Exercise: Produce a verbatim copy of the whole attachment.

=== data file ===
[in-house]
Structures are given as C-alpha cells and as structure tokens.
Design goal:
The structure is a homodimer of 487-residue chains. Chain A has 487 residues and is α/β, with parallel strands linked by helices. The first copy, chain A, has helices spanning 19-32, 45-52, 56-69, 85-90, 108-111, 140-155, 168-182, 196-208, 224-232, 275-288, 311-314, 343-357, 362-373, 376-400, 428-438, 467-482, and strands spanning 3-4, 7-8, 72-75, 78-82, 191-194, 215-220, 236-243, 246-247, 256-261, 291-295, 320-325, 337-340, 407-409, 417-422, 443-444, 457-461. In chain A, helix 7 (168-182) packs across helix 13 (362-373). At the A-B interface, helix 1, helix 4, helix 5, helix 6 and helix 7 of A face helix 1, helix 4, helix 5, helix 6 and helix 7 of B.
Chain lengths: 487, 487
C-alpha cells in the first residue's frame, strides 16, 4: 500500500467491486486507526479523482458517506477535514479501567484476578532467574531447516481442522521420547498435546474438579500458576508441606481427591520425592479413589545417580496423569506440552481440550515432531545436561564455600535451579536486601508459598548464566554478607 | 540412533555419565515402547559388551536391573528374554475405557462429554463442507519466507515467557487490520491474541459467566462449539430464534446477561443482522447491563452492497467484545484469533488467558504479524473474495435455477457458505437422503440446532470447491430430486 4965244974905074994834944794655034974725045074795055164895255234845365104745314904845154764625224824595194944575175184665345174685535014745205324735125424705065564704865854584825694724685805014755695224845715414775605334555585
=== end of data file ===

[in-house]
Structures are given as C-alpha cells and as structure tokens.
Design goal:
The structure is a homodimer of 487-residue chains. Chain A has 487 residues and is α/β, with parallel strands linked by helices. The first copy, chain A, has helices spanning 19-32, 45-52, 56-69, 85-90, 108-111, 140-155, 168-182, 196-208, 224-232, 275-288, 311-314, 343-357, 362-373, 376-400, 428-438, 467-482, and strands spanning 3-4, 7-8, 72-75, 78-82, 191-194, 215-220, 236-243, 246-247, 256-261, 291-295, 320-325, 337-340, 407-409, 417-422, 443-444, 457-461. In chain A, helix 7 (168-182) packs across helix 13 (362-373). At the A-B interface, helix 1, helix 4, helix 5, helix 6 and helix 7 of A face helix 1, helix 4, helix 5, helix 6 and helix 7 of B.
Chain lengths: 487, 487
C-alpha cells in the first residue's frame, strides 16, 4: 500500500467491486486507526479523482458517506477535514479501567484476578532467574531447516481442522521420547498435546474438579500458576508441606481427591520425592479413589545417580496423569506440552481440550515432531545436561564455600535451579536486601508459598548464566554478607 | 540412533555419565515402547559388551536391573528374554475405557462429554463442507519466507515467557487490520491474541459467566462449539430464534446477561443482522447491563452492497467484545484469533488467558504479524473474495435455477457458505437422503440446532470447491430430486 4965244974905074994834944794655034974725045074795055164895255234845365104745314904845154764625224824595194944575175184665345174685535014745205324735125424705065564704865854584825694724685805014755695224845715414775605334555585